ABC newsman Peter Jennings died from lung cancer in 2005, he left a
void in the industry that has yet to be filled. Along with the
likes of Walter Cronkite, Chet Huntley and David Brinkley, Jennings
helped revolutionize television news, sitting on both sides of the
desk, transforming the genre from a 15-minute afterthought to a
major component of network broadcasting.
The editors of PETER JENNINGS: A REPORTER’S LIFE, including
his wife, have collected the thoughts and memories of scores of
family, friends and colleagues who are universal in their praise
and turned these stories into an oral biography. It seems as if
Jennings was almost predisposed to the profession. As the son of
one of Canada’s most respected radio broadcasters, he got an
early start, hosting his own children’s show as a
nine-year-old. Formal education held little interest for Jennings;
these days he might have been diagnosed with ADD. His success,
despite dropping out of high school, was truly remarkable.
Jennings was just 26 when he was handed the anchor assignment for
ABC News in 1965, a job to which he admitted he was not suited at
the time. He earned his stripes by going out into the field ---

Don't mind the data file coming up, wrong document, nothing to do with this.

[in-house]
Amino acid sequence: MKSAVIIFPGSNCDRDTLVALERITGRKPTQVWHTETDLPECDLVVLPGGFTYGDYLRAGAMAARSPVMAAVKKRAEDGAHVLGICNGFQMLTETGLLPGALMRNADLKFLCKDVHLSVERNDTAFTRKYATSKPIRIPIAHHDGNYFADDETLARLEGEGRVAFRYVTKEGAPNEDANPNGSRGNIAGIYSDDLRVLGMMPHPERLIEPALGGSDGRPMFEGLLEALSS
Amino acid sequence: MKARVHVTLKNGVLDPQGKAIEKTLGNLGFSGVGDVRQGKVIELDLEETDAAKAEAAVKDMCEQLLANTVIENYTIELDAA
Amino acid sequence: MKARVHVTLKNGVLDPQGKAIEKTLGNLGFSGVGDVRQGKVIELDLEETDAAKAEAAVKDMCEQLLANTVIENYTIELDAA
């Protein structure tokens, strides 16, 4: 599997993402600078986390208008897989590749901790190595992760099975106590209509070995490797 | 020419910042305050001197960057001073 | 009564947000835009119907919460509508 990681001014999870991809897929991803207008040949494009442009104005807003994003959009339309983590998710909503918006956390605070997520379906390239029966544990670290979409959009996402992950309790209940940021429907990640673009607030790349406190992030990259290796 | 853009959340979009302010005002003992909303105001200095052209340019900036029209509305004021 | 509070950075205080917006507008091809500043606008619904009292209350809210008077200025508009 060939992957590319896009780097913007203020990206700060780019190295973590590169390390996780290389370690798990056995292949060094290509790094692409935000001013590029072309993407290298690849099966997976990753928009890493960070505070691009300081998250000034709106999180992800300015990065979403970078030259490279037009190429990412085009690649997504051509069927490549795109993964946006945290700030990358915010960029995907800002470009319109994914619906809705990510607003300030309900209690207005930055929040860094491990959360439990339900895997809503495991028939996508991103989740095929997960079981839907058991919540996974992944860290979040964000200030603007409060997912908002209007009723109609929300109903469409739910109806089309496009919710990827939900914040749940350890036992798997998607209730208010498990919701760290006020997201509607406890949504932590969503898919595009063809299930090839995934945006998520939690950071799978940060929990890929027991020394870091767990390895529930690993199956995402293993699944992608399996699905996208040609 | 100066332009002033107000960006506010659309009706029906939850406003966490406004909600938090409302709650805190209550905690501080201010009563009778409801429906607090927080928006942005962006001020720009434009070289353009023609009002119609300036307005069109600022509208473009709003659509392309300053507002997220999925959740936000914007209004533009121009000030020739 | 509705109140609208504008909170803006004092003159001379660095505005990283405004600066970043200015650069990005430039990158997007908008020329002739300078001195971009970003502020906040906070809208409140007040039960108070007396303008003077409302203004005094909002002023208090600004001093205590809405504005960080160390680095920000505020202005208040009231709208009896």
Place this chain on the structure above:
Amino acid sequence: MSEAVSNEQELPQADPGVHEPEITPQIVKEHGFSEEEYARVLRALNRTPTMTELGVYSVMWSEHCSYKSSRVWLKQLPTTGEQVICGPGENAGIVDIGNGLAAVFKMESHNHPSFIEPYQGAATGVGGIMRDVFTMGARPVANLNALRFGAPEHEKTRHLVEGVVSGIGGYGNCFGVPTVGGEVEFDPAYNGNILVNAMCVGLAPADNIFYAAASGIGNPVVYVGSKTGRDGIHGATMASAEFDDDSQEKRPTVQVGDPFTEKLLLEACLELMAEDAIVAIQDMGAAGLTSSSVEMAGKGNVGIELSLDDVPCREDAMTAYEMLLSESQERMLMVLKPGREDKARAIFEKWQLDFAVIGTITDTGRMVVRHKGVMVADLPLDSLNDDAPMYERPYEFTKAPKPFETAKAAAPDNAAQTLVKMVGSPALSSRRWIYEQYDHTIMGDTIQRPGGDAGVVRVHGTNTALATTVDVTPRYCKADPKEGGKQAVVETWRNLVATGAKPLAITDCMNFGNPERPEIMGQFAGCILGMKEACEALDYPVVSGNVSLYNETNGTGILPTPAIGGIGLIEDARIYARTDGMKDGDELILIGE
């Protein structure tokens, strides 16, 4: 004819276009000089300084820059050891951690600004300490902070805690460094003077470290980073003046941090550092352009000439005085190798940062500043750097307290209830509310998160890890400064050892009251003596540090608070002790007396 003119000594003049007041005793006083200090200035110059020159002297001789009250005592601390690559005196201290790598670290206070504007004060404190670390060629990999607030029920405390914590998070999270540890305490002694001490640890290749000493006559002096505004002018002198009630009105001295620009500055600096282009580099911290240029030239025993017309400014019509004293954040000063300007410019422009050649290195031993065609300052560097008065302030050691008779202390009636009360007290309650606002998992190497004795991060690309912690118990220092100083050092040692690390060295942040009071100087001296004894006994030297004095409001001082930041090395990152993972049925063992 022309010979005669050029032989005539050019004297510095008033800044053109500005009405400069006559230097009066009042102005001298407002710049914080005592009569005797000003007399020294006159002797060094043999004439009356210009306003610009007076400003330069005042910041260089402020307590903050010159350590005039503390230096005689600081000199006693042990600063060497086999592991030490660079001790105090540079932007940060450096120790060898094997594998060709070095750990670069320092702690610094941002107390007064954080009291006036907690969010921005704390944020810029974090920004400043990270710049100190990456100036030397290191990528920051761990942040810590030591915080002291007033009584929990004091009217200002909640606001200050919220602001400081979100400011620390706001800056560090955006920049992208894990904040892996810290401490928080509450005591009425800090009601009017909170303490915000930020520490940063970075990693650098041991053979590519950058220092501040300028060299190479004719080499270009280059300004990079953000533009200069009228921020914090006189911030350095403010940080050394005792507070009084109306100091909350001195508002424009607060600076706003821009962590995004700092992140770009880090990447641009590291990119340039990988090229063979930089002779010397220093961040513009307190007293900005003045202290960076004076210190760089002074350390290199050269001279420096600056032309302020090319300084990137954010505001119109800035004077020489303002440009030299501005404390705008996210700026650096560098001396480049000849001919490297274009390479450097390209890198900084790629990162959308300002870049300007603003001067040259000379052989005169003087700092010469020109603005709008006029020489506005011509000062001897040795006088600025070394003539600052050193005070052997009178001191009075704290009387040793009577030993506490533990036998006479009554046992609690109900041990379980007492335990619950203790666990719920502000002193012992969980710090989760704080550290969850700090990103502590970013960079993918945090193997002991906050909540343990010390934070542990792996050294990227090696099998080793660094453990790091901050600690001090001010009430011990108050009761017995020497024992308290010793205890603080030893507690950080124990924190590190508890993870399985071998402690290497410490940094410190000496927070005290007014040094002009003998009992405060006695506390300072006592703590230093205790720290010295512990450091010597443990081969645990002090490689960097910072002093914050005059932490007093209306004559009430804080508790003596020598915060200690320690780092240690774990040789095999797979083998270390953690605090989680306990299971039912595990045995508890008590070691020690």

far, far afield to Europe and the Middle East where he thrived on
the exotic surroundings and the action.
The entries in A REPORTER’S LIFE reveal a man in a hurry,
ever curious and always willing to do whatever it took to get the
job done, even when that meant putting himself in harm’s way.
Jennings was no “Scud-stud,” a term used to describe
reporters who made a name for themselves during the first war in
Iraq; he didn’t even like to fly. But he impressed everyone,
from his sound men to heads of state, with his ability to soak up
information and present it to his audience.
When he stepped down as an active reporter to once again take over
the anchor desk for ABC News, he brought that same restlessness
with him. He was a demanding boss, always expecting the reporters
to do the same thorough job he did. But his humanity was always
evident. During the coverage on 9/11, he wanted the audience to see
the devastation of the World Trade Center rather than in-studio
shots of him. And he was never afraid to defer to experts or admit
he did not know every issue involved.
Many of those interviewed said that Jennings never wanted to be the
center of attention, which made his on-air revelation of his
illness all the more conflicting. For him, it served as an abject
lesson, another chance to educate his viewers.
The format of A REPORTER’S LIFE both works and doesn’t
work. Since it’s not a straightforward biography, it appears
choppy at times, a series of mini-monologues interspersed with
Jennings’s own words. It is also understandably biased; you
won’t find too many speaking ill of him. On the other hand,
these are the people who knew Jennings best, and the book serves as
their final chance to pay him tribute.
Reviewed by Ron Kaplan on January 18, 2011